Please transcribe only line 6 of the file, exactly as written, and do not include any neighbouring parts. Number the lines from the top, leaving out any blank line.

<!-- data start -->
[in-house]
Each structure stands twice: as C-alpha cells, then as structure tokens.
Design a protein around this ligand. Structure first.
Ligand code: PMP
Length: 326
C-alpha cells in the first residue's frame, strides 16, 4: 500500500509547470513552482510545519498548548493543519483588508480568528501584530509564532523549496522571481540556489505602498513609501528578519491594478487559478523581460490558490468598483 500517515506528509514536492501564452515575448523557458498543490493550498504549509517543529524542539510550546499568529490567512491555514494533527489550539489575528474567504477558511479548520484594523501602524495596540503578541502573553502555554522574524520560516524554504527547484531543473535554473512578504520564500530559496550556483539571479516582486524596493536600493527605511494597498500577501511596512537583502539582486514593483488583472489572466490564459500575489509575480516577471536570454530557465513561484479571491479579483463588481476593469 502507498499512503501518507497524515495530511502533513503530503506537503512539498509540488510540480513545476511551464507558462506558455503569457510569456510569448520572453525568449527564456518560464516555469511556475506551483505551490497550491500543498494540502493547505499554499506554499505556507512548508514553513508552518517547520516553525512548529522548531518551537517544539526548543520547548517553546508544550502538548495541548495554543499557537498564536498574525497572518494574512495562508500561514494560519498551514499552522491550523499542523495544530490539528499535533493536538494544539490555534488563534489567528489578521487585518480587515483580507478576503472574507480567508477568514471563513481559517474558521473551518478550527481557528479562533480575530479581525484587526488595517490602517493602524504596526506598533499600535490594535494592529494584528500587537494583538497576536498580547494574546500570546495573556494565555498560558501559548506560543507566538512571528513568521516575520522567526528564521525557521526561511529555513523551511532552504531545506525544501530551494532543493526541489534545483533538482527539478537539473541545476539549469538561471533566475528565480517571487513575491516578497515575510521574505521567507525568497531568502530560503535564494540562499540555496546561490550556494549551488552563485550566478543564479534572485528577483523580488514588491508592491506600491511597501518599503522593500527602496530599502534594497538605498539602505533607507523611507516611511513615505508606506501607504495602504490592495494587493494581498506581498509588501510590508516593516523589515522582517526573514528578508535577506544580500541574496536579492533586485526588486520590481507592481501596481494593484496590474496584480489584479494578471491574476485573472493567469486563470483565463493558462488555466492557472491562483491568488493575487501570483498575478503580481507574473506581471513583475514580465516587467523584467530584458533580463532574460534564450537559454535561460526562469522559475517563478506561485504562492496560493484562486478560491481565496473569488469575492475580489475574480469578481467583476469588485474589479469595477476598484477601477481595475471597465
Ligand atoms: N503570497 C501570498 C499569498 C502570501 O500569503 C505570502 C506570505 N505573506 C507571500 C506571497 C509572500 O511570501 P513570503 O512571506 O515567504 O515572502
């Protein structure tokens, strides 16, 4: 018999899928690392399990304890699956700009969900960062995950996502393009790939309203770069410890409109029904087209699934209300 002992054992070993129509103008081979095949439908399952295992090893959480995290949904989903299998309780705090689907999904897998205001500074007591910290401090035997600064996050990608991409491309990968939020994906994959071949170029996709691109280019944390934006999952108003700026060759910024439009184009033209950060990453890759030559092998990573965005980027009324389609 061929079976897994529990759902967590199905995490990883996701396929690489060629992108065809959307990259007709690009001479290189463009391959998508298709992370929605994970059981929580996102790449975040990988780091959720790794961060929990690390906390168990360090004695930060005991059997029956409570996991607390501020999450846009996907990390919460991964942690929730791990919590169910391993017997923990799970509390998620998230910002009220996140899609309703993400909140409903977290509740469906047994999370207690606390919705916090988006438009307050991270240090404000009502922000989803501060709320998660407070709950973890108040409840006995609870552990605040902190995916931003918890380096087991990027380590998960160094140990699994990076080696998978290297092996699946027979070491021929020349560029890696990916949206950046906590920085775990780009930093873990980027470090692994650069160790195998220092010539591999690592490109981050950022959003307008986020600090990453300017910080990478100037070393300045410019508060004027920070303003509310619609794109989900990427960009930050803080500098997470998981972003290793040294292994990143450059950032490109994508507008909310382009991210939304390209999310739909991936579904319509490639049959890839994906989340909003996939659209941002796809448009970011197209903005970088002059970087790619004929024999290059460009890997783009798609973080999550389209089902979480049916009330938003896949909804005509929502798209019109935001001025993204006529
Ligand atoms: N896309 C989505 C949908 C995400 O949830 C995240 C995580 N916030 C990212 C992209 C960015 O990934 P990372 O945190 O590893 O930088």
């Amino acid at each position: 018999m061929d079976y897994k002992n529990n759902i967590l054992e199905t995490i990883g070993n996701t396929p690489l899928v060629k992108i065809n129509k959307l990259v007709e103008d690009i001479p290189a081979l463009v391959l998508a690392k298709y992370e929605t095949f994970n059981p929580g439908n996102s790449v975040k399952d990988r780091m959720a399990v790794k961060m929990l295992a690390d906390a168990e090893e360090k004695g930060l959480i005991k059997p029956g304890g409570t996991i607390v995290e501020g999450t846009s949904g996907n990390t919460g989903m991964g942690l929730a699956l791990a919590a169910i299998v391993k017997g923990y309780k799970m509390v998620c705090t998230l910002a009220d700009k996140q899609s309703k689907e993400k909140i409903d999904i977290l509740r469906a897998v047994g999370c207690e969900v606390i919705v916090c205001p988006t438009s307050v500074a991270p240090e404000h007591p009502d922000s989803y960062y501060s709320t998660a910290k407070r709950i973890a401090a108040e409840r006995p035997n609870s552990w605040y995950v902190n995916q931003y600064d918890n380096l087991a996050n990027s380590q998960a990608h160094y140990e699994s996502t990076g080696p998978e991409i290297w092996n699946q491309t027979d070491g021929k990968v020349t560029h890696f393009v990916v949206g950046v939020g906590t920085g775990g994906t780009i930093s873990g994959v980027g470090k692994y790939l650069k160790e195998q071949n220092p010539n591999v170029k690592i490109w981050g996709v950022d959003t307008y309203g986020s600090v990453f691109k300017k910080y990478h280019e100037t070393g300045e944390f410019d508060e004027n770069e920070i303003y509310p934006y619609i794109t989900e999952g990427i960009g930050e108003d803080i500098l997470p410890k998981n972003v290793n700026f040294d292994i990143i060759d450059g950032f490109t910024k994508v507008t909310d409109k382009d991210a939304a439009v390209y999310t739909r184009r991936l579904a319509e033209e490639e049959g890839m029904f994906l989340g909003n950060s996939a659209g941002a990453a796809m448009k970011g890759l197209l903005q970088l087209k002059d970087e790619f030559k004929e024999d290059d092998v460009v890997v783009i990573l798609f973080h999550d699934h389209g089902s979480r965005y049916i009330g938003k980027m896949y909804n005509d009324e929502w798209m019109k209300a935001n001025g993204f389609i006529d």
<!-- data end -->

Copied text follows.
C-alpha cells in the first residue's frame, strides 16, 4: 500500500509547470513552482510545519498548548493543519483588508480568528501584530509564532523549496522571481540556489505602498513609501528578519491594478487559478523581460490558490468598483 500517515506528509514536492501564452515575448523557458498543490493550498504549509517543529524542539510550546499568529490567512491555514494533527489550539489575528474567504477558511479548520484594523501602524495596540503578541502573553502555554522574524520560516524554504527547484531543473535554473512578504520564500530559496550556483539571479516582486524596493536600493527605511494597498500577501511596512537583502539582486514593483488583472489572466490564459500575489509575480516577471536570454530557465513561484479571491479579483463588481476593469 502507498499512503501518507497524515495530511502533513503530503506537503512539498509540488510540480513545476511551464507558462506558455503569457510569456510569448520572453525568449527564456518560464516555469511556475506551483505551490497550491500543498494540502493547505499554499506554499505556507512548508514553513508552518517547520516553525512548529522548531518551537517544539526548543520547548517553546508544550502538548495541548495554543499557537498564536498574525497572518494574512495562508500561514494560519498551514499552522491550523499542523495544530490539528499535533493536538494544539490555534488563534489567528489578521487585518480587515483580507478576503472574507480567508477568514471563513481559517474558521473551518478550527481557528479562533480575530479581525484587526488595517490602517493602524504596526506598533499600535490594535494592529494584528500587537494583538497576536498580547494574546500570546495573556494565555498560558501559548506560543507566538512571528513568521516575520522567526528564521525557521526561511529555513523551511532552504531545506525544501530551494532543493526541489534545483533538482527539478537539473541545476539549469538561471533566475528565480517571487513575491516578497515575510521574505521567507525568497531568502530560503535564494540562499540555496546561490550556494549551488552563485550566478543564479534572485528577483523580488514588491508592491506600491511597501518599503522593500527602496530599502534594497538605498539602505533607507523611507516611511513615505508606506501607504495602504490592495494587493494581498506581498509588501510590508516593516523589515522582517526573514528578508535577506544580500541574496536579492533586485526588486520590481507592481501596481494593484496590474496584480489584479494578471491574476485573472493567469486563470483565463493558462488555466492557472491562483491568488493575487501570483498575478503580481507574473506581471513583475514580465516587467523584467530584458533580463532574460534564450537559454535561460526562469522559475517563478506561485504562492496560493484562486478560491481565496473569488469575492475580489475574480469578481467583476469588485474589479469595477476598484477601477481595475471597465